I was diagnosed with ADHD when I was 28. I'm now 32. It was February 11, 2005. I had gone in looking for the diagnosis, but I definitely wasn't prepared for it to be confirmed! I came home with mixed feelings. Did the diagnosis change who I was? Did it matter? What should I do next?
Well, I went to my GP with my papers and all; since I'd been diagnosed by a psychologist, I needed the GP to prescribe my medication. He stonewalled me (wanted to refer me to a psychiatrist, said, "You've waited this long, you can wait a little longer"), even though the medication I was looking at was Concerta, which is notoriously difficult to abuse!
I changed doctors.
I was put on 36mg Concerta, once a day, to start. It worked pretty well at first, but the rebound was bad and it stopped working well after a while.
So we moved up to 54mg Concerta once a day. That was an experience and a half! I had been told at my assessment that I was using anxiety to compensate for my ADHD symptoms and if I went on much longer without getting help, I would probably develop a full-on anxiety disorder. Well, 54mg Concerta gave me a week-long anxiety attack! Needless to say, I went back to the 36mg dose in short order.
I tried using just natural remedies like 5HTP that summer. I realized it wasn't working the day I managed to talk for a full 45 minutes, non-stop, about two or three different topics while driving my brother home from church. Oops! I called my psychologist, and she suggested I ask the doctor about Dexedrine, because it is often better for people with anxiety.
I was put on 10mg, twice a day, and it was amazing! No rebound, and an instantaneous effect! I had no appetite for three weeks, which wasn't ideal as I tend to forget to eat when I DO get hungry, but aside from that, I loved it. (I also lost about ten pounds, which was a great bonus.)
I stayed on that dose for about six months, then went to talk to my doctor about the problems I was having with getting myself to go to bed. People experienced with having ADHD know that there's this thing called inertia that makes it so we can't change activities. Well, that was happening really badly for a while. The only problem was, the doctor decided that the Dexedrine must be keeping me up, and he switched my medication! (What would have been better was giving me a 5mg dose for after work, to keep the medication in my system until bed time.)
So I was taking 36mg Strattera, once a day. It was okay, but really didn't help me at all. I actually found myself having a difficult time understanding things I read (not good for a consummate reader whose reading comprehension has always been above-average) and making really weird typos (such as typing 'the' as 'eht' and other really weird mistakes that happened both between hands and within the same hand, and I often spelled words completely backwards that were longer than 'the'). Still, I stuck with it for six months.
The day after my 30 birthday, I went to the psychologist again and talked to her about the Strattera. She started to write a note to my doctor about getting me back on Dexedrine with extra 5mg doses, but then decided to have me do a quick assessment for depression. I scored very close to the point where I would have been involuntarily committed due to the severity of my depression.
So, off to the doctor I went, note in hand. Except the note said I needed an antidepressant and no more Strattera. I had to wean off the Strattera, and then I started taking 150mg Wellbutrin, once a day.
Wellbutrin was HELL for me. I spent a week working half-days because I had to be at work for some of the time, but I felt hungry and nauseous ALL THE TIME, and I only felt semi-okay if I was lying flat on my back. The doctor took me off the Wellbutrin pretty quickly and put me on Cipralex instead (it's the Canadian version of Lexapro).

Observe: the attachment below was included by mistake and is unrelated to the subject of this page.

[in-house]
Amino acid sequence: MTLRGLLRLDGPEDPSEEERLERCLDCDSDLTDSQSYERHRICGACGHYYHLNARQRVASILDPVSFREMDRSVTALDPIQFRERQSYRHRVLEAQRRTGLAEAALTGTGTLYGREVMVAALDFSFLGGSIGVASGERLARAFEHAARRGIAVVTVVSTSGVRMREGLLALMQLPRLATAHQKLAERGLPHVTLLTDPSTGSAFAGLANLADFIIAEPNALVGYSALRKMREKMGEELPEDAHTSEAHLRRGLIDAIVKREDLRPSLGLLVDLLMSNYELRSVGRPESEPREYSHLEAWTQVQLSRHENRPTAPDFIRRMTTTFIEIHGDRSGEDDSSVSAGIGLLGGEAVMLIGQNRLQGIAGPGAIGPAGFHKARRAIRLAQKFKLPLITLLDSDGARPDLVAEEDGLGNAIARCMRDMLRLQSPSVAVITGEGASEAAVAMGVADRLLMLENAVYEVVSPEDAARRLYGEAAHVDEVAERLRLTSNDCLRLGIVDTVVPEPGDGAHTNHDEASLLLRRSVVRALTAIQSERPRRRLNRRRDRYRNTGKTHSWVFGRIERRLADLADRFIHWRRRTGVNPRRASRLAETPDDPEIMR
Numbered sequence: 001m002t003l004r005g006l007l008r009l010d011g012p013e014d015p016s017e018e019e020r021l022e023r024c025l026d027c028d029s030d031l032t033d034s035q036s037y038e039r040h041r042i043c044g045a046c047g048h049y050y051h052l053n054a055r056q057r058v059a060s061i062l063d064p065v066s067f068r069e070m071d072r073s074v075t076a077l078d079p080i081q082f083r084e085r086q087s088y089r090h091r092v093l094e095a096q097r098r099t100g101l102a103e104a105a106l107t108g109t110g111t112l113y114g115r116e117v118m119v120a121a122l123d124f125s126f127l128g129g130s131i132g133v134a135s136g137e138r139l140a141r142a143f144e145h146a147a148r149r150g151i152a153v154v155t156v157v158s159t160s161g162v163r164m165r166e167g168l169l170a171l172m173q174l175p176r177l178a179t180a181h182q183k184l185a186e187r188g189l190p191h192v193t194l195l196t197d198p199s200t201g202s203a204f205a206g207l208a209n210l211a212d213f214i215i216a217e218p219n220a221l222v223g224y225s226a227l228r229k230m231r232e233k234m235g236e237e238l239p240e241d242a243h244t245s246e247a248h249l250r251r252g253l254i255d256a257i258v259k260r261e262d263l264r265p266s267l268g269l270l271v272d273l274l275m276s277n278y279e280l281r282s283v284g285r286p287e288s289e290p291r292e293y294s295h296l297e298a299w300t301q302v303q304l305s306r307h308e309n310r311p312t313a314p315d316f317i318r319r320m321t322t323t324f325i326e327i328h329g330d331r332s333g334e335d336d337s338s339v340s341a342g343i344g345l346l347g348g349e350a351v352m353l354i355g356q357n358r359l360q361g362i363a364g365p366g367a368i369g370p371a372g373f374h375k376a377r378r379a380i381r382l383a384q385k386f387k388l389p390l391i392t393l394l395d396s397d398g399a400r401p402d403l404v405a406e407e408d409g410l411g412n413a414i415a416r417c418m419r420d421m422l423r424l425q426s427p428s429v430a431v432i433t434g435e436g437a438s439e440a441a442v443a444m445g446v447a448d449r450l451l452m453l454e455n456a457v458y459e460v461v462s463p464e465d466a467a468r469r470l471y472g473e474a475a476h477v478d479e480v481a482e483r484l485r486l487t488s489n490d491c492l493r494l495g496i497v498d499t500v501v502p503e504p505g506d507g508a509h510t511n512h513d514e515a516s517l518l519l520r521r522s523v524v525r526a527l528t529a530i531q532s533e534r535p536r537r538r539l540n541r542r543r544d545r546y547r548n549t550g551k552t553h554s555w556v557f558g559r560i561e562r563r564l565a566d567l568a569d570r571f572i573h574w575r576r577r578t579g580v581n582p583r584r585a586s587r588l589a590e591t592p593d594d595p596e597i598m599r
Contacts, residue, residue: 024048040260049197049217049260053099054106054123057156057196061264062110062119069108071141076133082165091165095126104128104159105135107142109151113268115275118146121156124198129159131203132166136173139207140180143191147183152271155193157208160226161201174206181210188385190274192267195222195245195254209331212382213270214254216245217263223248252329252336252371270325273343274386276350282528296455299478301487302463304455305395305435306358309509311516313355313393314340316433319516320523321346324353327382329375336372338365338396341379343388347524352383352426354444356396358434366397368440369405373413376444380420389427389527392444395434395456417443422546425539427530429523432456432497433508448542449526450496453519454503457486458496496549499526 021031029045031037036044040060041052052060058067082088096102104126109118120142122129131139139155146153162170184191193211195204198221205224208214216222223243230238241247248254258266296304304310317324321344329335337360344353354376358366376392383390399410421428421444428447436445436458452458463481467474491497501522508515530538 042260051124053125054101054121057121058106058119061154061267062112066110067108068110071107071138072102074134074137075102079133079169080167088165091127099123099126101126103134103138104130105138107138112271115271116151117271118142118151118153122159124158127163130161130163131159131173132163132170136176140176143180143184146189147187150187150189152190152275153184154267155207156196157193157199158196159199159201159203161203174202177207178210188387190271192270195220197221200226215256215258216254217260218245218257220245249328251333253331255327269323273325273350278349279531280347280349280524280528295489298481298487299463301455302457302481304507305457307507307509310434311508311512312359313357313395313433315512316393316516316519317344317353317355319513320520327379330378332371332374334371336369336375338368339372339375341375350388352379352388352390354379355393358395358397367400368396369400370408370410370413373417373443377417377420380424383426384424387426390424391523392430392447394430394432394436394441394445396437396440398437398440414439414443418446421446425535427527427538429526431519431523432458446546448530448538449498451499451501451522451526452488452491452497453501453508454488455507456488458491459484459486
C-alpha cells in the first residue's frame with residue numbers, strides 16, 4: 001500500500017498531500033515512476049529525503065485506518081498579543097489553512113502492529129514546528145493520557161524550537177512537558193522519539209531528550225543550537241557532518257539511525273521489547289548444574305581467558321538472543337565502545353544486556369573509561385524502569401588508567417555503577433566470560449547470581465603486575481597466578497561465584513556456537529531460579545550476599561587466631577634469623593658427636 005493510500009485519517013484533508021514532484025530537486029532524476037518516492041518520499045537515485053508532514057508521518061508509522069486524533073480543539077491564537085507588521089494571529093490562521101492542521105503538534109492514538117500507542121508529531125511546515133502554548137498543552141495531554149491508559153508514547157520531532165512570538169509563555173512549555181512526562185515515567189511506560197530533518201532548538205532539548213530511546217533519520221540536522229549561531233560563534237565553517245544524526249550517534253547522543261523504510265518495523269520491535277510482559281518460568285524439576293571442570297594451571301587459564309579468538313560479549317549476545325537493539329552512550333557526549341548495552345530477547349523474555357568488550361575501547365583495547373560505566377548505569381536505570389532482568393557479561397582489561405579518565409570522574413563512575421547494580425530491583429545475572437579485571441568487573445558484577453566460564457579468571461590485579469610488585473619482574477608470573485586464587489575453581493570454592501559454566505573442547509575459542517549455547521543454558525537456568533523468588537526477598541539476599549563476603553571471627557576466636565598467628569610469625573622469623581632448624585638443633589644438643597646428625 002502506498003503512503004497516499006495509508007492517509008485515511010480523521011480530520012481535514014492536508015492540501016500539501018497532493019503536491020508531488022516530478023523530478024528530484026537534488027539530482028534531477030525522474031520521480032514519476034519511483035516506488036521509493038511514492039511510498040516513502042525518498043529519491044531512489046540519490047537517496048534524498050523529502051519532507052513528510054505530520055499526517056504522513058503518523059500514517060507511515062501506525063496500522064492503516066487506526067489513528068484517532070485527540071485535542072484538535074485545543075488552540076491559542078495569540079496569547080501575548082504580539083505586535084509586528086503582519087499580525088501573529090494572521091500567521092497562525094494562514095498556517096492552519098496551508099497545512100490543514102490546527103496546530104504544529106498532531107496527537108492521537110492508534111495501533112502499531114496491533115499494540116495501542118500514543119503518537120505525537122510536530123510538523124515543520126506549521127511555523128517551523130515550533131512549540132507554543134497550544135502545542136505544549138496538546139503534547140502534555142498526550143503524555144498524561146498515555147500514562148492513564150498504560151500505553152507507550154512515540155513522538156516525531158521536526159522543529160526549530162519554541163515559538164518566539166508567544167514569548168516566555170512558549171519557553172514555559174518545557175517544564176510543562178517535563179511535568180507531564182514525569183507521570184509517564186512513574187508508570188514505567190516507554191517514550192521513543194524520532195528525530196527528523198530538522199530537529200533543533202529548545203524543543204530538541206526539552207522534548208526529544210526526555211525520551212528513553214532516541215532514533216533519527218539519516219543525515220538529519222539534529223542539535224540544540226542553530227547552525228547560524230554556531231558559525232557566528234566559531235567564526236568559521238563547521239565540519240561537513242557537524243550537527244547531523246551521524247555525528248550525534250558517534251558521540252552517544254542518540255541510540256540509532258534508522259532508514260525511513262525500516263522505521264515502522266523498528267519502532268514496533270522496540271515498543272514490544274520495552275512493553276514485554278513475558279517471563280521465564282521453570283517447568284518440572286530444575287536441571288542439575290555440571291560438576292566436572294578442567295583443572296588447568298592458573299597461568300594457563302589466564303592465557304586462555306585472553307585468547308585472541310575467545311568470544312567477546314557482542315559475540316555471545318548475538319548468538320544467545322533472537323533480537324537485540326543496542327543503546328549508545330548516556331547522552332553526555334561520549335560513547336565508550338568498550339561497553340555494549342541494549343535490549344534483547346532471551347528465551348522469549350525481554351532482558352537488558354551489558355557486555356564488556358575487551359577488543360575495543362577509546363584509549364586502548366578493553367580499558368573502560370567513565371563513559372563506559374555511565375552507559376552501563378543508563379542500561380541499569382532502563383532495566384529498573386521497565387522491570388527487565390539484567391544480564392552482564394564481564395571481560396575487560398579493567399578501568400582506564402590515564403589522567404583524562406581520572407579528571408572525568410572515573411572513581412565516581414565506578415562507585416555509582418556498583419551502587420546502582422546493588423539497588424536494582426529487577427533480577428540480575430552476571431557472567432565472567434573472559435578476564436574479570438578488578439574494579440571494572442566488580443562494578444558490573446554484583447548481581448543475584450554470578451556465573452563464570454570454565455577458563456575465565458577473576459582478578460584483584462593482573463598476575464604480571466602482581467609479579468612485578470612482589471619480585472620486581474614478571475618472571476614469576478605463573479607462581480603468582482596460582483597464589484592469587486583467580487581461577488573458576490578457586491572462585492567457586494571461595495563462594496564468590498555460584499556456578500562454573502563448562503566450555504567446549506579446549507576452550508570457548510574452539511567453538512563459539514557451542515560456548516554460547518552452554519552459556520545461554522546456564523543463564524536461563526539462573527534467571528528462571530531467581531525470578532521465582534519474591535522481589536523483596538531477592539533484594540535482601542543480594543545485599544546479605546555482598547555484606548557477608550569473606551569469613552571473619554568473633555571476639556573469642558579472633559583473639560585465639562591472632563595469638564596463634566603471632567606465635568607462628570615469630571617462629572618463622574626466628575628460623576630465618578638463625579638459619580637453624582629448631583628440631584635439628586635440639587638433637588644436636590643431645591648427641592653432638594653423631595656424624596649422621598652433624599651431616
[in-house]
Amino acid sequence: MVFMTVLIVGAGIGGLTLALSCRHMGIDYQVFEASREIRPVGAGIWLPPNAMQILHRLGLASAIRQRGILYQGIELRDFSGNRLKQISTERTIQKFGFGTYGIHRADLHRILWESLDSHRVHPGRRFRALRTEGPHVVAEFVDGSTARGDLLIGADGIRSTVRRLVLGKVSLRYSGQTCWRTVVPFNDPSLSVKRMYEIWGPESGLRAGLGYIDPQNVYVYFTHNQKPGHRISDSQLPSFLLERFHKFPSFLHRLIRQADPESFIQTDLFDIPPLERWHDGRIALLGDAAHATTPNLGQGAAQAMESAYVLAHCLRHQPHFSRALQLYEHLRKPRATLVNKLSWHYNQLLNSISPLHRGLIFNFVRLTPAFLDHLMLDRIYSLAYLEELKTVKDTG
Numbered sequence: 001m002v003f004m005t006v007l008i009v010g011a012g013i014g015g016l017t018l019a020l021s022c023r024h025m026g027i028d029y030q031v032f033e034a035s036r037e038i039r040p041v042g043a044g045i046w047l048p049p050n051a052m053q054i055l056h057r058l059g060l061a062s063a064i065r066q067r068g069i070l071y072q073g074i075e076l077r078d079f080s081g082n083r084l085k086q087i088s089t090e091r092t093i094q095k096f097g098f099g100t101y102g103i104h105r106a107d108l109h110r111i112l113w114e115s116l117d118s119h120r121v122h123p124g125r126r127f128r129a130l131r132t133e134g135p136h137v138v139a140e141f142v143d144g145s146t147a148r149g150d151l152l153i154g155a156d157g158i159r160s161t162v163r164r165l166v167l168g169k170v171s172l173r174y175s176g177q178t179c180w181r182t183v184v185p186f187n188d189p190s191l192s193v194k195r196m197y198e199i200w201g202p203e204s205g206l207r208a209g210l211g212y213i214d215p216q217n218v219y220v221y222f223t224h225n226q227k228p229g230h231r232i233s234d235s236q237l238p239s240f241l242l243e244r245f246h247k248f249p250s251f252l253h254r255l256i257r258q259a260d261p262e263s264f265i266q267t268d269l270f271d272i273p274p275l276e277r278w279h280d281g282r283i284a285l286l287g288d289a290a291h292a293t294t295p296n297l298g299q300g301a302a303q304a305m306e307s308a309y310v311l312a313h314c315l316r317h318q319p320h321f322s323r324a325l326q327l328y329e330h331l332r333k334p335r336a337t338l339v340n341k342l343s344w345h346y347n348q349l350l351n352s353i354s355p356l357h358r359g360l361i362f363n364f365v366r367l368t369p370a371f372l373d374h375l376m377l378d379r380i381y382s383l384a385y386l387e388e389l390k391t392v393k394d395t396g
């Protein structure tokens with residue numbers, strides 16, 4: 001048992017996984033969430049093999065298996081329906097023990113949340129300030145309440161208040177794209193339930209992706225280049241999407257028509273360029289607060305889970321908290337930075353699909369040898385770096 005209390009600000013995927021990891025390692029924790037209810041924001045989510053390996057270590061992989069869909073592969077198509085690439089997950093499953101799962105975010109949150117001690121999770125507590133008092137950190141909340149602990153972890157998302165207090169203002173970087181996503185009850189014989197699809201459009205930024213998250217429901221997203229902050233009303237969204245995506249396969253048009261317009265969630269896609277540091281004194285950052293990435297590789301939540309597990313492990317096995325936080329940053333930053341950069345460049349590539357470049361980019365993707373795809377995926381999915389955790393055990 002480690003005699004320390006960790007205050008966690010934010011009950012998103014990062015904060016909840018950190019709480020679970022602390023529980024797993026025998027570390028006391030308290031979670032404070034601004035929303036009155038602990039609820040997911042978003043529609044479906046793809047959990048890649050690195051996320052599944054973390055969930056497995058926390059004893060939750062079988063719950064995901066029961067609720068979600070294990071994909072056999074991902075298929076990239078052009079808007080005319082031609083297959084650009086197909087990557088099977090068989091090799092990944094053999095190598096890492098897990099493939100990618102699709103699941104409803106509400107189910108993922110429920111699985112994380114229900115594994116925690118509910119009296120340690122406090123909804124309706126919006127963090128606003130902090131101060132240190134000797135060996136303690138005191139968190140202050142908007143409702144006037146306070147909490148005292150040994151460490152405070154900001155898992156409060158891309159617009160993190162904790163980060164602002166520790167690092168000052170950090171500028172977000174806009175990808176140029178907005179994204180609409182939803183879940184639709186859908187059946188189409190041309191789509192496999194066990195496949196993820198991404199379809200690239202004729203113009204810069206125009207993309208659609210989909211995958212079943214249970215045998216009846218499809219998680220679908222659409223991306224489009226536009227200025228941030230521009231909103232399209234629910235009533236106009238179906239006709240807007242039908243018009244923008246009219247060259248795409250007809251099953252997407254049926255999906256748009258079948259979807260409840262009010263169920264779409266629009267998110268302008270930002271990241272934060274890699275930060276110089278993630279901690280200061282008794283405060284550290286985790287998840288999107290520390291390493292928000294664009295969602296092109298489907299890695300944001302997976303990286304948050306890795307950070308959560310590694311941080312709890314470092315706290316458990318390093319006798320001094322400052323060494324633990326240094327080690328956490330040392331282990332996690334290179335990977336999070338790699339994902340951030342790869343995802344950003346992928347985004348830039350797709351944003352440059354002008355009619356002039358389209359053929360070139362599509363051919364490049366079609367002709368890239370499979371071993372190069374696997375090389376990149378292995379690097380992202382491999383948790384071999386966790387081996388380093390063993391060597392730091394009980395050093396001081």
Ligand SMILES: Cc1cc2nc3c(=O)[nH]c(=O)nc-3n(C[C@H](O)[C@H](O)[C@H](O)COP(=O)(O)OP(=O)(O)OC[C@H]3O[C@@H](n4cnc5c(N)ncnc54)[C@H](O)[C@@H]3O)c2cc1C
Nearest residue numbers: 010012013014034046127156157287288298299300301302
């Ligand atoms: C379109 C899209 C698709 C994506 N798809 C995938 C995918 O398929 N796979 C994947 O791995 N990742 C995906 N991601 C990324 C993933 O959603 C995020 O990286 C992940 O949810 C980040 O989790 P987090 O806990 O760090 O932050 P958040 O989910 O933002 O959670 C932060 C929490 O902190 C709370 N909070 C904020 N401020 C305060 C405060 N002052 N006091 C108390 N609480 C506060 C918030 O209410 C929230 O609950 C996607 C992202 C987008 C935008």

I took Cipralex from October 2006 until May 2008, and was on Dexedrine again for most of 2007. In May I weaned myself off the Cipralex, and I have been med-free ever since. I currently take St John's Wort to help keep my mood stable and check my anxiety.
While I was dealing with all the medication changes, I was also in counseling. I had started it before I got assessed, and was doing a Women's Self-Esteem group at the time. That was very helpful. I stopped counseling in the spring or summer of 2006, I forget which.
So, what do I do now?
I have had a Palm Z22 since the fall of 2005. I use it to keep track of my schedule and my to-do list. I set alarms to remind me to do some things - the alarm serves as a trigger to change activities. I also set an alarm for appointments that goes off an hour and a half before I need to be somewhere, because it takes me about an hour to get out of the house, so that gives me half an hour to get where I'm going.
I have methods for doing things - routines that keep me on track. The structure of my routines helps me manage my ADHD symptoms. The only problem with that is that when my routines get disrupted, I get really flustered and anxious, and then I can end up immobilized.
I used the medication, when I was taking it, to help me focus while I learned the skills I needed in order to manage my time and my life in a more effective manner. Things aren't perfect, but they are much better now than they were when I was trying to get by using anxiety to compensate for my problems.
I'm not anti-medication, either. If I decided I needed more focus, I would go back on Dexedrine without a worry. But I know that I don't need it, so I don't bother. I think that if you can use medication the way I did, to help you focus while you learn the skills you need, and then you are able to stop using it, that's great! I am also very aware, however, that a lot of people simply aren't able to stop taking the medication. It's different for everyone, and we all need to do what makes the most sense for us.